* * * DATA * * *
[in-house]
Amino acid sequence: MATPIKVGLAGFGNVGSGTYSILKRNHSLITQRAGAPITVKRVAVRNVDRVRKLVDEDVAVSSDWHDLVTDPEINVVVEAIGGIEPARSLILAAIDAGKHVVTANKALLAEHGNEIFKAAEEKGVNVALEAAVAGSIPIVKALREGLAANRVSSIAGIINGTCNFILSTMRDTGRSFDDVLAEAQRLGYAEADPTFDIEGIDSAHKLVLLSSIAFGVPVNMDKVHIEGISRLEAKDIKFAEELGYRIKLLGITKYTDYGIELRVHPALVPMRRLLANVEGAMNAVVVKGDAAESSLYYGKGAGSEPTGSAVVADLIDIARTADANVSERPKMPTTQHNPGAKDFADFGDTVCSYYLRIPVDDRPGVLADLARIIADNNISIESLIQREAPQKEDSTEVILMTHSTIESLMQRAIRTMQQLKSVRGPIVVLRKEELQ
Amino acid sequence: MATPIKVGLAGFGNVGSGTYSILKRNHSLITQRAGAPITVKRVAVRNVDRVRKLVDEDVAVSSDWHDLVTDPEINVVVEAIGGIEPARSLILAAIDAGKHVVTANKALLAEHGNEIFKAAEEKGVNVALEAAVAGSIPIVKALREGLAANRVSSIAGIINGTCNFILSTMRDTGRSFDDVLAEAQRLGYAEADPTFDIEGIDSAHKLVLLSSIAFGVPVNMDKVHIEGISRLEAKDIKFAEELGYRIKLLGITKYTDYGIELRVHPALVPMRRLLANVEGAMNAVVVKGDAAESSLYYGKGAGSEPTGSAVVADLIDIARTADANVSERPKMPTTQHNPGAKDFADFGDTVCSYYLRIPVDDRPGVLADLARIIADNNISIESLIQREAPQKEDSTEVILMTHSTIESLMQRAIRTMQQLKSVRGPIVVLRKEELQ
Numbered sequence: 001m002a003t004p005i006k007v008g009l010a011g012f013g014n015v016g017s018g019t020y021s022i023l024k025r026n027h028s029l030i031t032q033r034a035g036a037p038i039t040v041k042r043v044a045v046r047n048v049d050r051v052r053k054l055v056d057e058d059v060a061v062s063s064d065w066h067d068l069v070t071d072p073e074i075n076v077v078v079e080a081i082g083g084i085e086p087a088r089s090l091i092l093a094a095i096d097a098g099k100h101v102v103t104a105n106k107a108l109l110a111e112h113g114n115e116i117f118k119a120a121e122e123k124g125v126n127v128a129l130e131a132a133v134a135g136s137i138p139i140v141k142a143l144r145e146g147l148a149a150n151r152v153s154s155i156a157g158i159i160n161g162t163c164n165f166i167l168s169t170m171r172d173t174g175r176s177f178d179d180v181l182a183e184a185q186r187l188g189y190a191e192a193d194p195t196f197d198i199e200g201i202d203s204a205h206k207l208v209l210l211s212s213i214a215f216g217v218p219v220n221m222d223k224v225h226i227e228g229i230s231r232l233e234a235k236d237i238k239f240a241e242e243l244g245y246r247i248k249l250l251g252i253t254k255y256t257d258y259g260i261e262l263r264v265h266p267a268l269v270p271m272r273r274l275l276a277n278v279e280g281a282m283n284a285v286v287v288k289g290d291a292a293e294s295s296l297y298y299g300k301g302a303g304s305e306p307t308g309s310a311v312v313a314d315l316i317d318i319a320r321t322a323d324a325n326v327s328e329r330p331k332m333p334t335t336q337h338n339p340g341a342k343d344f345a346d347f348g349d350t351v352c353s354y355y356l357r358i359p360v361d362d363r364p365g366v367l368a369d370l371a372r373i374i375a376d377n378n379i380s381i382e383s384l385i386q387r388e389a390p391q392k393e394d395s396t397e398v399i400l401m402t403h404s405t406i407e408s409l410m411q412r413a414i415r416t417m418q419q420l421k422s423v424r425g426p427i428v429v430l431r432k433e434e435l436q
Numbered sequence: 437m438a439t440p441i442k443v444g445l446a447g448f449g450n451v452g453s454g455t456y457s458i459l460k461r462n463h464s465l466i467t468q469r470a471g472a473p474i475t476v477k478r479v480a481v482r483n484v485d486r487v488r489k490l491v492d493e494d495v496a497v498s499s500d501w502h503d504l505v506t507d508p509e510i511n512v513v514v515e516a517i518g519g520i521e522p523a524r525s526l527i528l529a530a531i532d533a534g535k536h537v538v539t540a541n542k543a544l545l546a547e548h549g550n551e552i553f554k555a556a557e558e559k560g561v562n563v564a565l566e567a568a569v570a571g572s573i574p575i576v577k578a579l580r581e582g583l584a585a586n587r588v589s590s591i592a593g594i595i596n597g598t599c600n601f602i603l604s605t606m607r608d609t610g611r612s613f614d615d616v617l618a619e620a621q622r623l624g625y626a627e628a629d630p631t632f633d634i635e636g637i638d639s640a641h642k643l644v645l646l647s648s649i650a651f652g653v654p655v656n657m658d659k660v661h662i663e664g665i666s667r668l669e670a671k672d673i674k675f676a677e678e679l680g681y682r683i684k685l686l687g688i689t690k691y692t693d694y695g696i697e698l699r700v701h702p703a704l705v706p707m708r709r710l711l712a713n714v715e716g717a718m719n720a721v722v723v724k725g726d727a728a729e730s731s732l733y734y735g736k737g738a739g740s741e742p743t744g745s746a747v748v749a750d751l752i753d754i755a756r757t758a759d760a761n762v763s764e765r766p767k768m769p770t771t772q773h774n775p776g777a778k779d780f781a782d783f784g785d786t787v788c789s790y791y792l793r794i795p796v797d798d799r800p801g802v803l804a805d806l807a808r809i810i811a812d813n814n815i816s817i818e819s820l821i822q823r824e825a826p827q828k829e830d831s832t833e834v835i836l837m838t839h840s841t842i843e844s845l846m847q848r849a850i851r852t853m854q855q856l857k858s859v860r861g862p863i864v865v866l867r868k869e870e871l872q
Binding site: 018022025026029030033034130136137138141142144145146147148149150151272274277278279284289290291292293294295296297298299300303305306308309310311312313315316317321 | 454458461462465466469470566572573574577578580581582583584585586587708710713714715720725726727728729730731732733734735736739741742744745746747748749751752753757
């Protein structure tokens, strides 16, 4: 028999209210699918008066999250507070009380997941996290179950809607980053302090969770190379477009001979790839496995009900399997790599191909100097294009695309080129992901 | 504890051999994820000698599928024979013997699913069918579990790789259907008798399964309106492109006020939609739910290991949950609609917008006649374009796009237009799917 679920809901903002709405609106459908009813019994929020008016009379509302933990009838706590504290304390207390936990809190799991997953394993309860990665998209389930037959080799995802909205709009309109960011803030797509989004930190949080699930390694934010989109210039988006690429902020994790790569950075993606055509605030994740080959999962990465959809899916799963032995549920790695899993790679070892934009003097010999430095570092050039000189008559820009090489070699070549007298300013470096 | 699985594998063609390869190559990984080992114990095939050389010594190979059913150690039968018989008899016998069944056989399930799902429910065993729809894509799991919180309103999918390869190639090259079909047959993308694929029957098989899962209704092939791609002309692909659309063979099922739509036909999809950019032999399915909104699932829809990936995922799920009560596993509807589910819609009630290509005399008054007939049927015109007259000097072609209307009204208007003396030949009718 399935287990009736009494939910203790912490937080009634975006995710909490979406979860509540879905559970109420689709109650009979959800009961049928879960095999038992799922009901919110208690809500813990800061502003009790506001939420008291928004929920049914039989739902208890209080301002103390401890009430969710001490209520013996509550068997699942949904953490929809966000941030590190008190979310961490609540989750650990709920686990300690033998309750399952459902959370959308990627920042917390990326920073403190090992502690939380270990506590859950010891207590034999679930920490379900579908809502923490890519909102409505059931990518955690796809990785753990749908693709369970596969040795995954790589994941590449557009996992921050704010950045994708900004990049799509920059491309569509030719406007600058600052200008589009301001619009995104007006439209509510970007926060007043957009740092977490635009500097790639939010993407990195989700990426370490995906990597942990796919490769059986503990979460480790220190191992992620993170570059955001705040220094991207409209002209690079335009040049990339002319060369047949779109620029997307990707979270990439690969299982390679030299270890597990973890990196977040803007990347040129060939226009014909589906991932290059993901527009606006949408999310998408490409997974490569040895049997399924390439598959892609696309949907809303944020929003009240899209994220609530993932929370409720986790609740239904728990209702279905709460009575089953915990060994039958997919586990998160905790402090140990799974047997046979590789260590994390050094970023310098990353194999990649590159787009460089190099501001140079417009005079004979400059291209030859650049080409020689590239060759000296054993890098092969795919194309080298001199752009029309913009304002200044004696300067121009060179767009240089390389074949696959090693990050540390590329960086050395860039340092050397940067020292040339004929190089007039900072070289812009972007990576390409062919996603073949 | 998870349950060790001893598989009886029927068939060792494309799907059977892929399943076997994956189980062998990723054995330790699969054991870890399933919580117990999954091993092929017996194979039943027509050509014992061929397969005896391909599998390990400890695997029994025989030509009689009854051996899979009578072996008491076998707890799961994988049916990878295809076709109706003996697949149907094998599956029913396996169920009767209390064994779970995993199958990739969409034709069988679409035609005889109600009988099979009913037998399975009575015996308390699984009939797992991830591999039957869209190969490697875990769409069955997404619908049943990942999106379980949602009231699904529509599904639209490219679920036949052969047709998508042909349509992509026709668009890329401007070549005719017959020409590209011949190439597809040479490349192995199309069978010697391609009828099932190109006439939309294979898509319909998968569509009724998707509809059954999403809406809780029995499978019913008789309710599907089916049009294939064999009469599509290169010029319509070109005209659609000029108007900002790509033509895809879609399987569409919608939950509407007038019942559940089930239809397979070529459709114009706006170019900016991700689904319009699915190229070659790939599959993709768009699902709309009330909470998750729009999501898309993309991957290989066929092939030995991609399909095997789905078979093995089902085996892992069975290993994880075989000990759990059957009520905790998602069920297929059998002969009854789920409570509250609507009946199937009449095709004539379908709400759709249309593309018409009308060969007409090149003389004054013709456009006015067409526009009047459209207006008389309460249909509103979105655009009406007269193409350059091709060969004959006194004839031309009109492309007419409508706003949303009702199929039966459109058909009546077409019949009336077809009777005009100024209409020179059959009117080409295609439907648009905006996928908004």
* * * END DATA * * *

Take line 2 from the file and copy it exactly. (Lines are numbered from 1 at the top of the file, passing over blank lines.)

Amino acid sequence: MATPIKVGLAGFGNVGSGTYSILKRNHSLITQRAGAPITVKRVAVRNVDRVRKLVDEDVAVSSDWHDLVTDPEINVVVEAIGGIEPARSLILAAIDAGKHVVTANKALLAEHGNEIFKAAEEKGVNVALEAAVAGSIPIVKALREGLAANRVSSIAGIINGTCNFILSTMRDTGRSFDDVLAEAQRLGYAEADPTFDIEGIDSAHKLVLLSSIAFGVPVNMDKVHIEGISRLEAKDIKFAEELGYRIKLLGITKYTDYGIELRVHPALVPMRRLLANVEGAMNAVVVKGDAAESSLYYGKGAGSEPTGSAVVADLIDIARTADANVSERPKMPTTQHNPGAKDFADFGDTVCSYYLRIPVDDRPGVLADLARIIADNNISIESLIQREAPQKEDSTEVILMTHSTIESLMQRAIRTMQQLKSVRGPIVVLRKEELQ